The ongoing and intensifying conflict in Iraq has fallen – at least in part – along sectarian lines, with the Sunni Muslim militant group ISIS (the Islamic State in Iraq and Syria) advancing against the Shia Muslim-led Iraqi government and Shia militias. Sectarian affiliation has played a role in the politics of the region for hundreds of years.

Where Sunni and Shia Muslims populationsIran and Iraq are two of only a handful of countries that have more Shias than Sunnis. While it is widely assumed that Iraq has a Shia majority, there is little reliable data on the exact Sunni-Shia breakdown of the population there, particularly since refugees arriving in Iraq due to the conflict in Syria or leaving Iraq due to its own turmoil may have affected the composition of Iraq’s population.

The few available survey measures of religious identity in Iraq suggest that about half the country is Shia. Surveys by ABC News found between 47% and 51% of the country identifying as Shia between 2007 and 2009, and a Pew Research survey conducted in Iraq in late 2011 found that 51% of Iraqi Muslims said they were Shia (compared with 42% saying they were Sunni).

Neighboring Iran is home to the world’s largest Shia population: Between 90% and 95% of Iranian Muslims (66-70 million people) were Shias in 2009, according to our estimate from that year.

Their shared demographic makeup may help explain Iran’s support for Iraq’s Shia-dominated government led by Prime Minister Nouri al-Maliki.

Iran also has supported Bashar al-Assad’s government in Syria, where only 15-20% of the Muslim population was Shia as of 2009. But the Syrian leadership is dominated by Alawites (an offshoot of Shia Islam). Under Saddam Hussein’s regime in Iraq, which was dominated by Sunnis, the country clashed with Iran.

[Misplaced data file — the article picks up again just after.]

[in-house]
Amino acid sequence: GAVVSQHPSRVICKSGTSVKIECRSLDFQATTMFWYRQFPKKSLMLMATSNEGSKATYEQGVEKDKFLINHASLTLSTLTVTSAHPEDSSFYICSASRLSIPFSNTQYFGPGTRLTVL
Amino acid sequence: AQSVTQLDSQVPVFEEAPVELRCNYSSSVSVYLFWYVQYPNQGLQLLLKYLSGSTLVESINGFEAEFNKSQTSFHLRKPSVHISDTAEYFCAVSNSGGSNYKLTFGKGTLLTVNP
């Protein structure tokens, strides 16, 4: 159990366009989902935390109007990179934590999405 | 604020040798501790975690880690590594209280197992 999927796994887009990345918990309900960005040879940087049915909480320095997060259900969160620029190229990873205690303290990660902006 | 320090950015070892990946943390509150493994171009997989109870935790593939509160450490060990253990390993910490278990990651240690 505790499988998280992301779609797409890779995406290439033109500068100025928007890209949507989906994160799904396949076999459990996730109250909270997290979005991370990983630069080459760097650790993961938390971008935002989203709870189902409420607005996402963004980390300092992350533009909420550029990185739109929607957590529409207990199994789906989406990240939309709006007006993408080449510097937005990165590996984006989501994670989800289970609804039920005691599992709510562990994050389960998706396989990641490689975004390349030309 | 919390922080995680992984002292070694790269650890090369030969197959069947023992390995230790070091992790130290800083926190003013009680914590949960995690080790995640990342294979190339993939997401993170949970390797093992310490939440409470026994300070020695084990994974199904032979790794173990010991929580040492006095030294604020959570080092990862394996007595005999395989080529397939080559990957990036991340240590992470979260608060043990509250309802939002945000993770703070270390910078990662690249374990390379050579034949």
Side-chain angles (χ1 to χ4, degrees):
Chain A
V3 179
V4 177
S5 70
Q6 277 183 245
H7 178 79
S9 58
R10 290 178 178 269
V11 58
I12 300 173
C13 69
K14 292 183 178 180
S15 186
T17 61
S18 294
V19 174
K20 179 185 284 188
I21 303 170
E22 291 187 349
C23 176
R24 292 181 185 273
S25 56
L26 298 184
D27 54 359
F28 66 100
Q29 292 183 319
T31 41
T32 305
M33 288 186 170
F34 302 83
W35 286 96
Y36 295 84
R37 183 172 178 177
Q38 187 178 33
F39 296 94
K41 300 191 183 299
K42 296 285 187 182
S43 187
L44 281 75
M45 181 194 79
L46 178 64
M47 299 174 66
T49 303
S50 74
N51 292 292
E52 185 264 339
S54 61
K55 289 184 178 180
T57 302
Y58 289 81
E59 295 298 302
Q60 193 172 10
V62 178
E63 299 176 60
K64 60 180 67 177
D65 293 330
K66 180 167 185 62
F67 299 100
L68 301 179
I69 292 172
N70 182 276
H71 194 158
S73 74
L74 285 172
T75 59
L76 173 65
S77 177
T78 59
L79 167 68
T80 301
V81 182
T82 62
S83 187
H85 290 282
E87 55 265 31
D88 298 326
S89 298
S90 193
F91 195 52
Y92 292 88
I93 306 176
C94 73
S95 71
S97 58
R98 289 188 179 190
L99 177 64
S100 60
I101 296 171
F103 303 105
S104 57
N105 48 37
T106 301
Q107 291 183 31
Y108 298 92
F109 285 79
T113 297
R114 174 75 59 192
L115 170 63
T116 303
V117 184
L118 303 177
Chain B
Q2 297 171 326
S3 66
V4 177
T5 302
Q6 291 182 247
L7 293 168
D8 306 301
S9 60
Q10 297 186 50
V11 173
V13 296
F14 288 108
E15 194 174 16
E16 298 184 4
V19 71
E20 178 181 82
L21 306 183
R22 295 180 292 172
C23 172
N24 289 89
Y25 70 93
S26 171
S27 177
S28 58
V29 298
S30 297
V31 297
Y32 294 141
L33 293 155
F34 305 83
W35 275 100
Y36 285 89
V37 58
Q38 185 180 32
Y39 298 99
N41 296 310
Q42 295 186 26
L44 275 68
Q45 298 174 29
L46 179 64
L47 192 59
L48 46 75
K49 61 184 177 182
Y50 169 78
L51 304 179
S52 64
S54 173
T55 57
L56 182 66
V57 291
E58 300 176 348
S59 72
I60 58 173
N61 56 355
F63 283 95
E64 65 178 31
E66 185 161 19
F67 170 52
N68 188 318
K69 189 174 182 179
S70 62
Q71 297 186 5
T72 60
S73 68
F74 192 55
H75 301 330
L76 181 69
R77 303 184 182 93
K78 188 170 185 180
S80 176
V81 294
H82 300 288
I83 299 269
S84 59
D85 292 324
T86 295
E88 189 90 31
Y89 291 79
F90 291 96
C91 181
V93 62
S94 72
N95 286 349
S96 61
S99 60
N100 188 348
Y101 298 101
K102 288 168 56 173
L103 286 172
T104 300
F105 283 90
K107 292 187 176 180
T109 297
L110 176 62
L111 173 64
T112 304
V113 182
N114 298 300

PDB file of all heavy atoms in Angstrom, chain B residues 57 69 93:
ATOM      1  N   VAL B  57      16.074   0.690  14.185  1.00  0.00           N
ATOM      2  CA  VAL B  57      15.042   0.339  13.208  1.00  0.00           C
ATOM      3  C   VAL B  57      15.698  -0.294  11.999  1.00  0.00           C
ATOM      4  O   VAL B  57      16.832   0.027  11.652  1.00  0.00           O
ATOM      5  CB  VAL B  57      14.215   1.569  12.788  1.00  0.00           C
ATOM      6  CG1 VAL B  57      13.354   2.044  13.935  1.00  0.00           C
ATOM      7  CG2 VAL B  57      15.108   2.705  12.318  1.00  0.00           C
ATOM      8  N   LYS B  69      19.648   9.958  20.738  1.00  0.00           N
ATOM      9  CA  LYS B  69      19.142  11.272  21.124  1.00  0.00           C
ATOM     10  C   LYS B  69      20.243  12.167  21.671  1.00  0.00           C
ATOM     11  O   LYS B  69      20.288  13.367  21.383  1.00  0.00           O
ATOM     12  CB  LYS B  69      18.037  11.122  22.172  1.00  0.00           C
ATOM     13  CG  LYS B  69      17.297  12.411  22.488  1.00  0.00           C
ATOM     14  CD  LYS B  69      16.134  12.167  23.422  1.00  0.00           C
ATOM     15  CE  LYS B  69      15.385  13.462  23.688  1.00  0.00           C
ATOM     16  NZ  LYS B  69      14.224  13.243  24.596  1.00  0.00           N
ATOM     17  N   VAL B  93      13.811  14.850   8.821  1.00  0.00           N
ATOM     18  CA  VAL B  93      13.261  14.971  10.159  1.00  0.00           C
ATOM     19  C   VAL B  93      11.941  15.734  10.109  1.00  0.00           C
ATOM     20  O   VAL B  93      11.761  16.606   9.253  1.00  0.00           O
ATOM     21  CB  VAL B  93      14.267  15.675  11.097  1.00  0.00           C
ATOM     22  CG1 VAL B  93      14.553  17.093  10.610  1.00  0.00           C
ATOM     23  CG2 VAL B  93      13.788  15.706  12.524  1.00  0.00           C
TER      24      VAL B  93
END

The Sunni-Shia divide is nearly 1,400 years old, dating back to a dispute over the succession of leadership in the Muslim community following the death of the Prophet Muhammad in 632.

Despite periods of open conflict between Sunnis and Shias in countries such as Lebanon and Iraq, the two groups are not all that different in terms of religious beliefs and commitment. In Iraq, for example, both groups express virtually universal belief in God and the Prophet Muhammad, and similar percentages (82% of Shias and 83% of Sunnis) say religion is very important in their lives. More than nine-in-ten Iraqi Shias (93%) and Sunnis (96%) say they fast during the holy month of Ramadan.

In some countries, significant shares of Muslims don’t even see the distinction between Sunni and Shia Islam as relevant. A survey of Muslims in 39 countries that we conducted in 2011 and 2012 found, for example, that 74% of Muslims in Kazakhstan and 56% of Muslims in Indonesia identified themselves as neither Sunni nor Shia, but “just a Muslim.” In Iraq, however, only 5% answered “just a Muslim.”

On some religious issues, including whether it is acceptable to visit the shrines of Muslim saints, the differences between the sects are more apparent. For some, the divide is even exclusionary. In late 2011, 14% of Iraqi Sunnis said they do not consider Shias to be Muslims. (By contrast, only 1% of Shias in Iraq said that Sunnis are not Muslims.) Even higher percentages of Sunnis in other countries, such as Sunni-dominated Egypt (53%), say that Shias are not Muslims.

Michael Lipka  is an associate director focusing on news and information research at Pew Research Center.